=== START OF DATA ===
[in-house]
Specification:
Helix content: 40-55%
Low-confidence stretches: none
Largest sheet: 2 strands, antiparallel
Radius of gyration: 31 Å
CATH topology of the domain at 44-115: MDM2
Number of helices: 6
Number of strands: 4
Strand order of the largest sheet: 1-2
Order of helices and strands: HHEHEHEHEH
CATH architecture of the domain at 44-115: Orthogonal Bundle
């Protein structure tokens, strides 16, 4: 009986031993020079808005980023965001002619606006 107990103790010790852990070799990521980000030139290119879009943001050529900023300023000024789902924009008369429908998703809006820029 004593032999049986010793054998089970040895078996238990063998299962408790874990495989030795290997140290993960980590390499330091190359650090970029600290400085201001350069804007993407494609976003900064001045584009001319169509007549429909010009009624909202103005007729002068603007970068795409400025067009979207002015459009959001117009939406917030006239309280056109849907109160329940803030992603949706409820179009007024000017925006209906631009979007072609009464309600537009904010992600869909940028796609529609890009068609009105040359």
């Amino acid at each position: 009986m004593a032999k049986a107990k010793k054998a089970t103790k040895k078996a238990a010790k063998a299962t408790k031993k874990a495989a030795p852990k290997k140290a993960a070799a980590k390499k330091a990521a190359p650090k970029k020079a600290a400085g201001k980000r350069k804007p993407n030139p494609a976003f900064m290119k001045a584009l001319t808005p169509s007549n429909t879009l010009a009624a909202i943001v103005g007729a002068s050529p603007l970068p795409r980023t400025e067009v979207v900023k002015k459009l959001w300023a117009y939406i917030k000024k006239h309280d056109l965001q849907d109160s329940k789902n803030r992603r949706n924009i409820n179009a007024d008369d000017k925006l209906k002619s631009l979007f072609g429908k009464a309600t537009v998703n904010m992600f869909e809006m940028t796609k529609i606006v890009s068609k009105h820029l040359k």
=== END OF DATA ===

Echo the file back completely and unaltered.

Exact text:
[in-house]
Specification:
Helix content: 40-55%
Low-confidence stretches: none
Largest sheet: 2 strands, antiparallel
Radius of gyration: 31 Å
CATH topology of the domain at 44-115: MDM2
Number of helices: 6
Number of strands: 4
Strand order of the largest sheet: 1-2
Order of helices and strands: HHEHEHEHEH
CATH architecture of the domain at 44-115: Orthogonal Bundle
């Protein structure tokens, strides 16, 4: 009986031993020079808005980023965001002619606006 107990103790010790852990070799990521980000030139290119879009943001050529900023300023000024789902924009008369429908998703809006820029 004593032999049986010793054998089970040895078996238990063998299962408790874990495989030795290997140290993960980590390499330091190359650090970029600290400085201001350069804007993407494609976003900064001045584009001319169509007549429909010009009624909202103005007729002068603007970068795409400025067009979207002015459009959001117009939406917030006239309280056109849907109160329940803030992603949706409820179009007024000017925006209906631009979007072609009464309600537009904010992600869909940028796609529609890009068609009105040359």
């Amino acid at each position: 009986m004593a032999k049986a107990k010793k054998a089970t103790k040895k078996a238990a010790k063998a299962t408790k031993k874990a495989a030795p852990k290997k140290a993960a070799a980590k390499k330091a990521a190359p650090k970029k020079a600290a400085g201001k980000r350069k804007p993407n030139p494609a976003f900064m290119k001045a584009l001319t808005p169509s007549n429909t879009l010009a009624a909202i943001v103005g007729a002068s050529p603007l970068p795409r980023t400025e067009v979207v900023k002015k459009l959001w300023a117009y939406i917030k000024k006239h309280d056109l965001q849907d109160s329940k789902n803030r992603r949706n924009i409820n179009a007024d008369d000017k925006l209906k002619s631009l979007f072609g429908k009464a309600t537009v998703n904010m992600f869909e809006m940028t796609k529609i606006v890009s068609k009105h820029l040359k």